Four years, 1,000 points later, the bull still roams. But random-walk path gives way to choosiness

A real Texas longhorn was cavorting through Wall Street's cement canyons last week. And the equity markets took the hint. Weighing nearly a ton, the steer was hired to pose for a new series of Merrill Lynch & Co. commercials. But it also seemed a fitting reminder of how far this magnificent bull market has come since since Friday, Aug. 13, 1982.

Remember? The Dow Jones industrial average sank to 776.92. International Business Machines was trading at a paltry $63 a share. Sweet Arab crude hung at $32 a barrel. You could lock in yields of 13 percent on a 30-year United States government bond. Gold sold for $334 an ounce. And a wallet-size portrait of George Washington was worth 263 yen.

Now four years and more than 1,000 Dow points later, IBM looks cheap at $134 a share. The Organization of Petroleum Exporting Countries is rejoicing over oil stablizing at $15 a barrel. Long-term Treasury bonds are down to hat-size yields (7.3 percent). Only recently did bullion bugs get to see their precious metal rise as high as $392. As for the mighty dollar, scarcely a day goes by that the dollar doesn't trade at a new low against the yen: Last week it hit 154 yen.

Obviously, the financial world has rotated a few times since 1982, giving investors all sorts of new things to factor in. But the fuel for rallies past and present seems to be the same: anticipation of a drop in interest rates.

Back in August of '82, it was a cut in the discount rate to 10.5 percent that got things going. Now, as the rate stands at 6 percent, investors are hoping the Federal Reserve Board will prod the sputtering economy with another rate cut.

Last week, based on such hopes, investors held something of an anniversary rally. The Dow Jones industrial average shot up early in the week. And the party continued through Friday as the market strung together five days of consecutive gains for the first time in two years. By Friday's close, the Dow was at 1,855.60, up 72.98 points for the week.

On this page four years ago, Monte Gordon exuded optimism about the rise in equities. Today Mr. Gordon, director of research at the Dreyfus Corporation, a large institutional investment firm, is upbeat but more restrained. The bull market has ``not run its course yet,'' he says. ``But it's getting more selective. It won't be as monolithic or as sweeping as in the past.''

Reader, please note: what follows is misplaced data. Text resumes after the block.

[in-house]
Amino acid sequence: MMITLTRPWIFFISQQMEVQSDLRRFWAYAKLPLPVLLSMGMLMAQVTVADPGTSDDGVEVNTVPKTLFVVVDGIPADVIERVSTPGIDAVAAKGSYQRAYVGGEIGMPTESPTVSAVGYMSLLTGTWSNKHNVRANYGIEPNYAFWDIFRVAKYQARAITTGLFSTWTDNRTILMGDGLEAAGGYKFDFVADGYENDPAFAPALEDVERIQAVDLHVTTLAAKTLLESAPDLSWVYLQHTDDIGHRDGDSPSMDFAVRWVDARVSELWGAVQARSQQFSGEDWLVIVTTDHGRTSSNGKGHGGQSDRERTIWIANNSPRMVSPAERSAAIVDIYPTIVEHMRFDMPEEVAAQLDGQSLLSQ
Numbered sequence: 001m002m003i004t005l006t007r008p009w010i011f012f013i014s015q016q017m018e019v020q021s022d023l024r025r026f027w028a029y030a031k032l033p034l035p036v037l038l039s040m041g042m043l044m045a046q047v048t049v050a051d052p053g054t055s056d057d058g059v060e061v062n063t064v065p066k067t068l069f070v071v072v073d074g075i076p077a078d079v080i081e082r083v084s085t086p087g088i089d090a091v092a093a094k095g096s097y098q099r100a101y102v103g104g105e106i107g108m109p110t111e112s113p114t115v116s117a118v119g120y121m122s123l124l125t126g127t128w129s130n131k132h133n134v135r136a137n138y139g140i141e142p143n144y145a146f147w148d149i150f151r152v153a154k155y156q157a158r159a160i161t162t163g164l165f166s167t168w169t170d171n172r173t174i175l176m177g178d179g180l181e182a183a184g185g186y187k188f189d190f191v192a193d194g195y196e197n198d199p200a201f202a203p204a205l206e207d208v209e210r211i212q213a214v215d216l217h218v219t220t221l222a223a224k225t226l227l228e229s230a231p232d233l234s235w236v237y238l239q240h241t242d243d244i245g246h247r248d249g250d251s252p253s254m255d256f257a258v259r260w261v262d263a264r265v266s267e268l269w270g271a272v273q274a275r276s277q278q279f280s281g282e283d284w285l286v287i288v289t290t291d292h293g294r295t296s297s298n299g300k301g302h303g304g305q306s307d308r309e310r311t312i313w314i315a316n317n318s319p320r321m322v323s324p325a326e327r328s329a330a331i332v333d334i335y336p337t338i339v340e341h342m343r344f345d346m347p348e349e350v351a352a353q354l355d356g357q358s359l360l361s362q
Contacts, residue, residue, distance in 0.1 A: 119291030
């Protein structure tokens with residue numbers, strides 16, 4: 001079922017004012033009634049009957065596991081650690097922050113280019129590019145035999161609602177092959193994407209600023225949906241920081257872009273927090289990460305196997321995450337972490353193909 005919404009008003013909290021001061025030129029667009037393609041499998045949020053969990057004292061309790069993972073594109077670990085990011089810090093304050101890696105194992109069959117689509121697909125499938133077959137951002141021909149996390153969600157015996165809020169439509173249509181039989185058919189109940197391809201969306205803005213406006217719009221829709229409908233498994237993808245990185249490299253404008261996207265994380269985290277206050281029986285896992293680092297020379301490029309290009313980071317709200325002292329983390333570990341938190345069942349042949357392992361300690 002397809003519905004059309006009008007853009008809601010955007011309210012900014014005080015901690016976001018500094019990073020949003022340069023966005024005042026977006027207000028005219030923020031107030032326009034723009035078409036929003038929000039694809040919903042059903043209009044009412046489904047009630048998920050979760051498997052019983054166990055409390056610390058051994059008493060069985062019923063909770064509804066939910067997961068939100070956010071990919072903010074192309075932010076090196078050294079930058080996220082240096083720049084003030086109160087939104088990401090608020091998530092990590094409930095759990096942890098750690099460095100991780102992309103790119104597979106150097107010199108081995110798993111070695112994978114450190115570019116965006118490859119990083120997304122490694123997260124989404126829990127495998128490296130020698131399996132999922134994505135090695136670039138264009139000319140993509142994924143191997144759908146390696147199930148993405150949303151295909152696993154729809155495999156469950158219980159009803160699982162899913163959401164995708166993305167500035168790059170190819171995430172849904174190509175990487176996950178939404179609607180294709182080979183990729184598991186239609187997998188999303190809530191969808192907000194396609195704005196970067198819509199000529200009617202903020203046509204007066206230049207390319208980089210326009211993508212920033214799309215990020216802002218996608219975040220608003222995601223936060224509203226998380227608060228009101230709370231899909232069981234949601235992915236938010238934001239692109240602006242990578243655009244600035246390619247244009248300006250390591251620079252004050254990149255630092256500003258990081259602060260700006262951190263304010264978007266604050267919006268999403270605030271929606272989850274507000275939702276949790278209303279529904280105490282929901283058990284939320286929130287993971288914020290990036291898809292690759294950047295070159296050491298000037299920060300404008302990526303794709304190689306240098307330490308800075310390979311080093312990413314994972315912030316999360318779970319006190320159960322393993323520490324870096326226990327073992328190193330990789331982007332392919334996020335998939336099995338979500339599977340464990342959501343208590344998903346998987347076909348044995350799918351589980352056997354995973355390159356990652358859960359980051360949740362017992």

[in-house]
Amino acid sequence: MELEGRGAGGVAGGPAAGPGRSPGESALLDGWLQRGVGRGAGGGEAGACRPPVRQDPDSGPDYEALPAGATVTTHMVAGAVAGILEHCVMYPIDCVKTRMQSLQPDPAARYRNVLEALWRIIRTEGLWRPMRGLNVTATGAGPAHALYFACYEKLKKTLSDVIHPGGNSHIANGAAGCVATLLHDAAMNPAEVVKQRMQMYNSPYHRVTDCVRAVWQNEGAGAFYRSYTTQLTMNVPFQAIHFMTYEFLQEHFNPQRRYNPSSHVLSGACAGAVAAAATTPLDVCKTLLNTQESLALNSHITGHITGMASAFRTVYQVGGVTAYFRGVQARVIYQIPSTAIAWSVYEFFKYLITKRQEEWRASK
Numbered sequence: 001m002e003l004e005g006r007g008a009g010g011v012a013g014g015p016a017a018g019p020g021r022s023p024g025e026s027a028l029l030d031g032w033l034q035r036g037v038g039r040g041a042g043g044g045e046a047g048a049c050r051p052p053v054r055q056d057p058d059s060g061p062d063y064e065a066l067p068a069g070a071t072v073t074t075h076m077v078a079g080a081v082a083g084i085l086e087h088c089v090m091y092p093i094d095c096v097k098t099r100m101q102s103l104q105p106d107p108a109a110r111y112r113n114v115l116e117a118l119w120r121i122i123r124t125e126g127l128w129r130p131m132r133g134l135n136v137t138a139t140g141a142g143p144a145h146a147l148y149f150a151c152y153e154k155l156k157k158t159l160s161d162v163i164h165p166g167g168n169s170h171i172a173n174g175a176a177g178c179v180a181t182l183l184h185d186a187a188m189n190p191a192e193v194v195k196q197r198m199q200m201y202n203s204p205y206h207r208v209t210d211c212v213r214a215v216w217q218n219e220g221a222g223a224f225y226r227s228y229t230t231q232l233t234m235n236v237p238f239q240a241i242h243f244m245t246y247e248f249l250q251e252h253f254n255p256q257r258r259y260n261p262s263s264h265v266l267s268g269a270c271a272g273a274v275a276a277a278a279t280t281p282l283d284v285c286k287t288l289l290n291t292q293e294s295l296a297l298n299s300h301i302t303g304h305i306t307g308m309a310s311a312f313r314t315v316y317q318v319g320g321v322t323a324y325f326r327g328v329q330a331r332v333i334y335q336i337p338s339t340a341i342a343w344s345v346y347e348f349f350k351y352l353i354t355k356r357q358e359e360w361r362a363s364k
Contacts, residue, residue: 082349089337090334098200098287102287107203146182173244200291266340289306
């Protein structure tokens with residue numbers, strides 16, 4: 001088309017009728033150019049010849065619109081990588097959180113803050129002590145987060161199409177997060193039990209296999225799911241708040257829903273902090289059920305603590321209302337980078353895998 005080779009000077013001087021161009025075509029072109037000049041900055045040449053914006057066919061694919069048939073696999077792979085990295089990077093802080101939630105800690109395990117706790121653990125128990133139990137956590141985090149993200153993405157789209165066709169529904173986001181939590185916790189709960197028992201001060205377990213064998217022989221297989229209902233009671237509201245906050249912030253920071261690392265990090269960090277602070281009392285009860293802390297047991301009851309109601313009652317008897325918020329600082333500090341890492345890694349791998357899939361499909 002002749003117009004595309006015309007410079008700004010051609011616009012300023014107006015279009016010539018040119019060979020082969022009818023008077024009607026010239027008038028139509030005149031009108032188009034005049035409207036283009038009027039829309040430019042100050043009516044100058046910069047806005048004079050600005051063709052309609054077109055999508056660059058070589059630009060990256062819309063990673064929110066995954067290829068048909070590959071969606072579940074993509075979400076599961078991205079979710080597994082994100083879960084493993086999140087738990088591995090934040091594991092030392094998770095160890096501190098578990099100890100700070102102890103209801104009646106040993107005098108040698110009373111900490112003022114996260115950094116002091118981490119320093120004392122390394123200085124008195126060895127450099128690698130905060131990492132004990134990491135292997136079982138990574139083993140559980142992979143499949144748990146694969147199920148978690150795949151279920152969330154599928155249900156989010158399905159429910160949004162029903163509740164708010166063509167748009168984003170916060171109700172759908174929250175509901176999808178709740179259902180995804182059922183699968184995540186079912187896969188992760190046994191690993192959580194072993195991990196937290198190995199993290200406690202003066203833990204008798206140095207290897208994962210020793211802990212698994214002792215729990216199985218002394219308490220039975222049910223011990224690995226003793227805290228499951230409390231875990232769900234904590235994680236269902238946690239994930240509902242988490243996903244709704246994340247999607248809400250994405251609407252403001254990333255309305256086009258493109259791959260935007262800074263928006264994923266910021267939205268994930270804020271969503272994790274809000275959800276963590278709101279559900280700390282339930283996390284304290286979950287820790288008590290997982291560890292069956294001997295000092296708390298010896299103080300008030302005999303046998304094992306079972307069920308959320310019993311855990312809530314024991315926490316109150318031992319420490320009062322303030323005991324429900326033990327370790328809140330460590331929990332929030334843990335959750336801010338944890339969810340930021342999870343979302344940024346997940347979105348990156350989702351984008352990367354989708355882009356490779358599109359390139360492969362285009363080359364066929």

Michael Metz, a portfolio tactician at Oppenheimer & Co., agrees: ``The pervasive move is behind, a fragmented one ahead.'' Mr. Metz says the move to date has been based on a revaluation of stocks in an environment of low inflation and low interest rates, where earnings are simply worth more.

Now, companies need to show some ``real earnings improvement, some earnings dynamism.'' As that occurs on a case-by-case basis, individual stock prices will rise, he says.

Indeed, a note of urgency creeps into the voices of Wall Street sages when they say that corporate earnings must perk up if the bull market is to revive. The Commerce Department did nothing to assuage such concerns Friday when it reported that industrial production fell 0.1 percent in July.

Does that concern extend into the next four years? Or are we headed for Dow 3,000 and another blissful bull market run?

``Somewhere between here and the end of the decade, we're going to see a recession,'' says Gordon at Dreyfus. But not yet. Over the next year to 18 months, he would invest in cyclical stocks -- companies that do well as the economy gathers steam: chemicals, autos, lumber, aluminum, and technology.

After that, he expects a ``serious decline. Remember, this is a four-year old bull, it's getting a little long in the tooth.'' For long-term investors, then, he advises defensive issues -- companies that do well even when the economy stumbles: drug and health care, utilities, consumer staples, specialty retailers.

At Oppenheimer, Metz's long-term perspective is even darker. ``The stock and bond market are very attractive now. But I have no conviction that will be true in a year and a half.'' He's worried about the ``abnormally'' high debt levels and says, ``You can't build an economy on McDonald's hamburgers and restructuring alone.''

Still, when pressed for long-term picks, Metz recommends buying oil companies with solid financials. He sees the peak in Soviet and US oil production as inevitably returning control of crude prices to OPEC.

And utility stocks ``are extraordinarily attractive to the long-term investor,'' says Metz. The industry is flush with mature companies generating heavy cash flow, and there's a shortage of new equity being floated. The Dow utilities index hit record highs this week and has been rising steadily over the last few months even as the broader averages fell.

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